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WPA gymnasium comes down

WPA gymnasium comes down

The final wall of the Cuba City gymnasium was taken down on Monday, Feb. 20.

Dena Harris/


POSTED February 23, 2017 1:22 p.m.

CUBA CITY—Built with true horse power in 1937, the Cuba City gymnasium has served the community in many aspects for the last 80 years. It provided an educational space, an athletic arena, dance floor and community setting. For the last week, Wiederholt Enterprises has been razing the building to clear the lot.

In 2013, the Cuba City Council voted to close the gymnasium due to budgetary cuts. At that time the gym was generally used for sports team practices and as a place for the public to walk. The gym was officially closed in February of 2014. Since then, the building has stood vacant. The city attempted to sell the building without any success. The city hopes the vacant lot will be more marketable and allow the property to return to the tax roll.

The gymnasium was a part of the Cuba City School and was built during the Great Depression as part of the Works Progress Administration (WPA). WPA was a federal relief program instituted in 1935 as part of President Roosevelt’s New Deal to put Americans to work on all kinds of projects during the Great Depression.

The gymnasium was located north of the school building, which was built in 1905. The gymnasium was a separate building connected to the school through a corridor and doors. The old school building housed elementary and high school students and remained in use through 1967 when it was razed. A new high school was completed at it’s current School Street location in 1960. The new elementary school was built at the corner of School and Roosevelt streets in 1967.

Dean Rogers of Cuba City was in high school when the gymnasium was built.

“We watched the construction from our classroom,” Rogers said. “It was a three-story building, so we could see quite a bit.”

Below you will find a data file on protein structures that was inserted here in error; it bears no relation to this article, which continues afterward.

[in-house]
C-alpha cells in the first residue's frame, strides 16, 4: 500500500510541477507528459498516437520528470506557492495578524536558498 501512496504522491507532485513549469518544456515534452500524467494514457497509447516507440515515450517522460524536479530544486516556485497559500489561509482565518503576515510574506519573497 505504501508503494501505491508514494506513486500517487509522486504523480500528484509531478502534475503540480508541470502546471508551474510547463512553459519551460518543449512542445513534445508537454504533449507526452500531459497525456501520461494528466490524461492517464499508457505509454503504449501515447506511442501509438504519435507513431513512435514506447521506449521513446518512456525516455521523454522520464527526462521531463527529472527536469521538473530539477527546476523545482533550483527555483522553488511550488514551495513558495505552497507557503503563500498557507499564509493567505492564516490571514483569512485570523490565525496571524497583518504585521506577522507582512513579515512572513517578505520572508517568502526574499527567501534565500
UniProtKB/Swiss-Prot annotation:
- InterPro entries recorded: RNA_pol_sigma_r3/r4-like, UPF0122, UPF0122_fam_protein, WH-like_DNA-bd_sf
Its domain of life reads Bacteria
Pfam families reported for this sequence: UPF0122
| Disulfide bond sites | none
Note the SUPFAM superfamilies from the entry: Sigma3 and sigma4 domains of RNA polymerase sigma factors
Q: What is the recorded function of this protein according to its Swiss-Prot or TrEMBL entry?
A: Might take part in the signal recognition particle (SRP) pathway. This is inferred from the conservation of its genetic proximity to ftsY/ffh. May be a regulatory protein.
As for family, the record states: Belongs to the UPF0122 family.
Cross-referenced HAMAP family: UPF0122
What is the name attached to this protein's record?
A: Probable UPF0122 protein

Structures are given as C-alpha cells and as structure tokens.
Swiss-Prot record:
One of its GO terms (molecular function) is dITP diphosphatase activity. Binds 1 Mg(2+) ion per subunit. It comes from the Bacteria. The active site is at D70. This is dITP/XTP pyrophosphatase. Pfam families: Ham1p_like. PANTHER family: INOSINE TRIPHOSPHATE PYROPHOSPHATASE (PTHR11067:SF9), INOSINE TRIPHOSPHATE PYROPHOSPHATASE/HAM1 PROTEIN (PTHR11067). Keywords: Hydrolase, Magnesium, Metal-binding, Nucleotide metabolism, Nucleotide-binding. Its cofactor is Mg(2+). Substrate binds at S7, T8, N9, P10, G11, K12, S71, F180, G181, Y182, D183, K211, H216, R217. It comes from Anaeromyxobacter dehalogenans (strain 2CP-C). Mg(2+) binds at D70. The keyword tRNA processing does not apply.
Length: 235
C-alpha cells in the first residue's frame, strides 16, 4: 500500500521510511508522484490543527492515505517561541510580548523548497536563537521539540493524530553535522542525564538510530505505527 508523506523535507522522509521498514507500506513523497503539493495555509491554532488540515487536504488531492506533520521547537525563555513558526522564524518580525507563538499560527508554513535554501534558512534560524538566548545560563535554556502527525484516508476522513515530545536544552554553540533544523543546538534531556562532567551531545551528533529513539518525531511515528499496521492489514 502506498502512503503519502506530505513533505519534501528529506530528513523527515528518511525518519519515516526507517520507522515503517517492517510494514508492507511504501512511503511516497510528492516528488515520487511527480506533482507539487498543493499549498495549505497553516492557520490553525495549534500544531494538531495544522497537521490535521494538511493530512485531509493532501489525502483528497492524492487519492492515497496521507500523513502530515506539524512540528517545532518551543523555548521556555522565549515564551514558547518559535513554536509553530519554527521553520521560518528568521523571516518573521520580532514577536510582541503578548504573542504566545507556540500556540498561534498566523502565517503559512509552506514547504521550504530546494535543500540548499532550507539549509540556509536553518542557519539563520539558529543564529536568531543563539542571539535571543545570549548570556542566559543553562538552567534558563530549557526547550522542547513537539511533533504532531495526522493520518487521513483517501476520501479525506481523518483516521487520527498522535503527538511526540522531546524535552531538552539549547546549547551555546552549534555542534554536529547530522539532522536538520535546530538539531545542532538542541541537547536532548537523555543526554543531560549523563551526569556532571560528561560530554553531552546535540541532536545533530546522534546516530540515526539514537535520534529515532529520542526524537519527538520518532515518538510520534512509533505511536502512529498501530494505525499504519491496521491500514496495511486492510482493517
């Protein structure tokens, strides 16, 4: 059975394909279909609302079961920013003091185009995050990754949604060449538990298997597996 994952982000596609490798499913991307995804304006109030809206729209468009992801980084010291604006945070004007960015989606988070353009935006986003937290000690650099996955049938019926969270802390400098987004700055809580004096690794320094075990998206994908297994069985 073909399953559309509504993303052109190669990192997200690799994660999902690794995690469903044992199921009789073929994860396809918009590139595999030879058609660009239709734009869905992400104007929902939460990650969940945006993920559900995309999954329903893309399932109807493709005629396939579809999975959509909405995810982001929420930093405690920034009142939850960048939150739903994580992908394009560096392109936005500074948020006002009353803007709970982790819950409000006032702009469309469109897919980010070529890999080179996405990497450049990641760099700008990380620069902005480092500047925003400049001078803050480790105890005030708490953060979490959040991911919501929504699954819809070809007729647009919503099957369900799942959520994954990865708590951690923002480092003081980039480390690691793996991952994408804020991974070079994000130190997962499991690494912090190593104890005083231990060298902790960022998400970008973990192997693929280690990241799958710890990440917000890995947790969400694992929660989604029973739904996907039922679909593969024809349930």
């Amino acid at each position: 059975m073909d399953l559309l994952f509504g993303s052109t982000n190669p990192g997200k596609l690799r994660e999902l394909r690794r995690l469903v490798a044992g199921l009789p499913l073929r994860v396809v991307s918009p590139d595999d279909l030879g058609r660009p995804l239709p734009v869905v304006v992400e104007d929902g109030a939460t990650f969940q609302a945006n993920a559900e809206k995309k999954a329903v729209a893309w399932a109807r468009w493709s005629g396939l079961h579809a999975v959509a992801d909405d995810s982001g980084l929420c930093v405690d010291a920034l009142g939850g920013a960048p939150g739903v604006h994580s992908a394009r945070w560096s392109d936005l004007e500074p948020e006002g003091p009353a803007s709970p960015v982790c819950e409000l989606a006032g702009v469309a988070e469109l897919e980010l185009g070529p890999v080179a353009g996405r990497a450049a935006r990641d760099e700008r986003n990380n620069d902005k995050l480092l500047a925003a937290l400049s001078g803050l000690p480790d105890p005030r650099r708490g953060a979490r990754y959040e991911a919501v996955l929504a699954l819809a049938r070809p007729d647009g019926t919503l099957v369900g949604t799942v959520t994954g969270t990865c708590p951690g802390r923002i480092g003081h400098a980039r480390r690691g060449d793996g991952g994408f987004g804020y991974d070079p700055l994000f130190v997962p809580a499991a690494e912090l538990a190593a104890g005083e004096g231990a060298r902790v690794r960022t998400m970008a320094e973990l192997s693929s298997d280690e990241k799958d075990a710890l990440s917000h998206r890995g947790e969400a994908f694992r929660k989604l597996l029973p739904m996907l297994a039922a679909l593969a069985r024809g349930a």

Rogers played basketball in the gym as well as attended dances and other activities.

“It was the focal point of the high school,” Rogers said. “Most of the school’s activities were held there.”

Jack Robson of Cuba City said he was in sixth or seventh grade when the gymnasium was constructed.

“They used horses and pulleys to lift the materials,” Robson said. “It was quite the production.”

Robson was part of the basketball team during high school and spent quite a bit of time in that gym. Even after he graduated and joined military service, he returned to Cuba City and played on a Legion team.

“It wasn’t called The Pit until later years,” Ruth Ann Summers of Cuba City said. “It didn’t stink when we went there. I have such wonderful memories in that building. We had prom there, with a live orchestra, of course. There were Snoball and homecoming dances, too. The teen hops were so packed you could hardly move to dance.”

“All I remember is good things about it,” Robson said.

He recalled he basketball tournaments that would draw at least eight teams.

“They would come from all over,” Robson said. “It was the nicest gym around the area.”

Robson said the gym was always in use.

“Other than when they first built it, you wouldn’t walk on the floor with anything but sneakers,” Robson said. “If you got caught, you wouldn’t be allowed back in for a long time. They were very careful with the floor for years, until they built the new school.”

After the new high school was built, the gymnasium was used for roller skating, dances, sports practices and public activities. Robson said he was last in the building right before it was closed to the public in 2014. He and others would use the gym as a place to walk.

The demolition and removal of the building is anticipated to be completed by Friday, Feb. 24. Wiederholt Enterprises has contracted with the city to raze three city-owned buildings, including the gymnasium. The other two buildings include the Cuba City community center, also known as the Boy Scout building, located at 415 S. Jefferson St., and the city garage located north of the gymnasium. The garage will be the last of the three buildings to come down as the city anticipates needing the garage space until after the winter season. Most of the equipment from that garage will be relocated to other city properties.

Wiederholt’s estimate for razing the three buildings included $55,000 for the gymnasium, $10,000 for the shed and $5,800 for the community center. An additional $10,500 was estimated for the asbestos inspection and removal, bringing the total project cost to $81,300. The funds for the project are coming from the tax incremental financing district (TID) for the city’s industrial park. The TID funding has to be used by July 1, when the TID officially closes.

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